gambling

Casada retains appointment power until resignation

Among the panels up for new appointments is the nine-member Lottery Corporation Sports Wagering Advisory Council, which was created under a law passed this session and allowed to go into force without Gov. Bill Lee’s signature. The governor and the House and Senate speakers each get three appointments to the panel.

Among the potential Republican candidate to succeed Casada, three voted for sports gambling bill (Reps. Curtis Johnson, Cameron Sexton, and Robin Smith), while four voted against (Reps. Mike Carter, Bill Dunn, Matthew Hill, and Jerry Sexton.)

Senate Speaker Randy McNally also voted against the sports gambling bill.

Another panel is the reconstituted 16-member Board of Judicial Conduct. Casada gets four appointments on the panel, one of whom must be an an attorney and three others who cannot be an attorney or a current or former judge.

“I find it just shocking that the disgraced House speaker gets to name anybody to a sports gambling commission and a judicial oversight panel,” said former Knoxville mayor Victor Ashe, a former Republican state senator and onetime U.S. ambassador to Poland.  “I would think the Republican majority would want to prevent that from happening.”

Scott Gilmer, who took over as chief of staff to the speaker following the resignation of Cade Cothren as Casada’s chief aide, told the paper the appointments need to made soon.

“Members of the gaming commission need to undergo a background check and that would take some work there,” he said.

Other boards, commissions, and councils with upcoming vacancies include the TennCare Pharmacy Advisory Committee, Advisory Council on State Procurement, the State Textbook and Instructional Materials Quality Commission, the Commission on Aging and Disability, and Energy Efficient Schools Council. The House speaker has the power to fill two positions on each panel.

“My guess is I don’t think the speaker will fill most of these,” Gilmer said. “Probably most of these we’ll leave to the next person. But if there’s some more pressing ones like the Board of Judicial Conduct and the gaming commission, I think he could appoint those. But we haven’t yet.”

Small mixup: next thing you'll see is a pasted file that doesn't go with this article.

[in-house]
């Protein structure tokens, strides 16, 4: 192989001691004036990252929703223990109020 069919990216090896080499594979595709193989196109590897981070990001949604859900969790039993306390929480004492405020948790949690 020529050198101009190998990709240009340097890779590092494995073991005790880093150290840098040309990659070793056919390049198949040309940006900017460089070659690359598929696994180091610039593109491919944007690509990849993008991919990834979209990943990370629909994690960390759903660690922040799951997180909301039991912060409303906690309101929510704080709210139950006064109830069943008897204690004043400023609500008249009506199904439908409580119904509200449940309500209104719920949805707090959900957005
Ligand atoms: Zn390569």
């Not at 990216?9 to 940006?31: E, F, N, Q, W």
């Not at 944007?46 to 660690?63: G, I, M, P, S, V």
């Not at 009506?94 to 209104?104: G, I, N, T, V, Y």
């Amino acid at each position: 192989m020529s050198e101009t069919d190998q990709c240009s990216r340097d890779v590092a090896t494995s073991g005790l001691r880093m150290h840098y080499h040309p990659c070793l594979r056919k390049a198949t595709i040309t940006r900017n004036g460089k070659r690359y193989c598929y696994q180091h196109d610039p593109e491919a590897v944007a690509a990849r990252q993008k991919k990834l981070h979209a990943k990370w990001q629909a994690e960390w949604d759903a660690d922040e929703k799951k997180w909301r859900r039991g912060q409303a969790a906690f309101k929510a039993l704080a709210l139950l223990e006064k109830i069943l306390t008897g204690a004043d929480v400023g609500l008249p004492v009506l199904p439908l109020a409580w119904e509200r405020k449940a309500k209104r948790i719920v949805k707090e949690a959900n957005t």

Sports betting bill becomes law without Lee signature

Gov. Bill Lee speaks at an economic development announcement in Nashville on March 20, 2019. (Erik Schelzig, Tennessee Journal)

Republican Gov. Bill Lee has allowed the online sports gambling bill to become law without his signature.

Here is his letter to House Speaker Glen Casada explaining his actions:

RE: House Bill 0001/Senate Bill 0016 Speaker Casada:

I am letting House Bill 0001 become law without my signature.

I do not believe the expansion of gambling through online sports betting is in the best interest of our state, but I appreciate the General Assembly’s efforts to remove brick and mortar establishments. This bill ultimately did not pursue casinos, themost harmful form of gambling, which I believe prey on poverty and encourage criminal activity.

Compromise is a central part of governing, but I remain philosophically opposed to gambling and will not be lending my signature to support this cause. We see this issue differently but let me be cle ar: any future efforts to expand gambling or introduce casinos in Tennessee will assure my veto.

Respectfully,

Bill Lee

AG says Tennessee could legalize sports gambling without constitutional change

Tennessee could enact sports betting without changes to the state constitution, according to an attorney general’s opinion obtained by the Daily Memphian’s Sam Stockard.

Attorney General Herbert Slatery’s opinion is dated Friday but has not yet been posted to his website. It states that the General Assembly “may legalize the contest solely through legislative action without a constitutional amendment” as long as the sport is based on skill and not predominantly on “chance.”

The Shelby County Commission on Monday voted to add sports betting on Beale Street to its legislative agenda for the year.

Republican Gov.-elect Bill Lee has said he doesn’t favor expanding gambling in the state.

Slatery’s opinion was written in response to a question by Sen. Brian Kelsey (R-Germantown), who has said he is interested in pursuing legislation on sports gambling next session. Rep. Rick Staples (D-Knoxville) has already filed a bill seeking to allow sports betting.

Slatery’s opinion says betting would involve only “actual sporting events,” and not fantasy sports or amusement devices.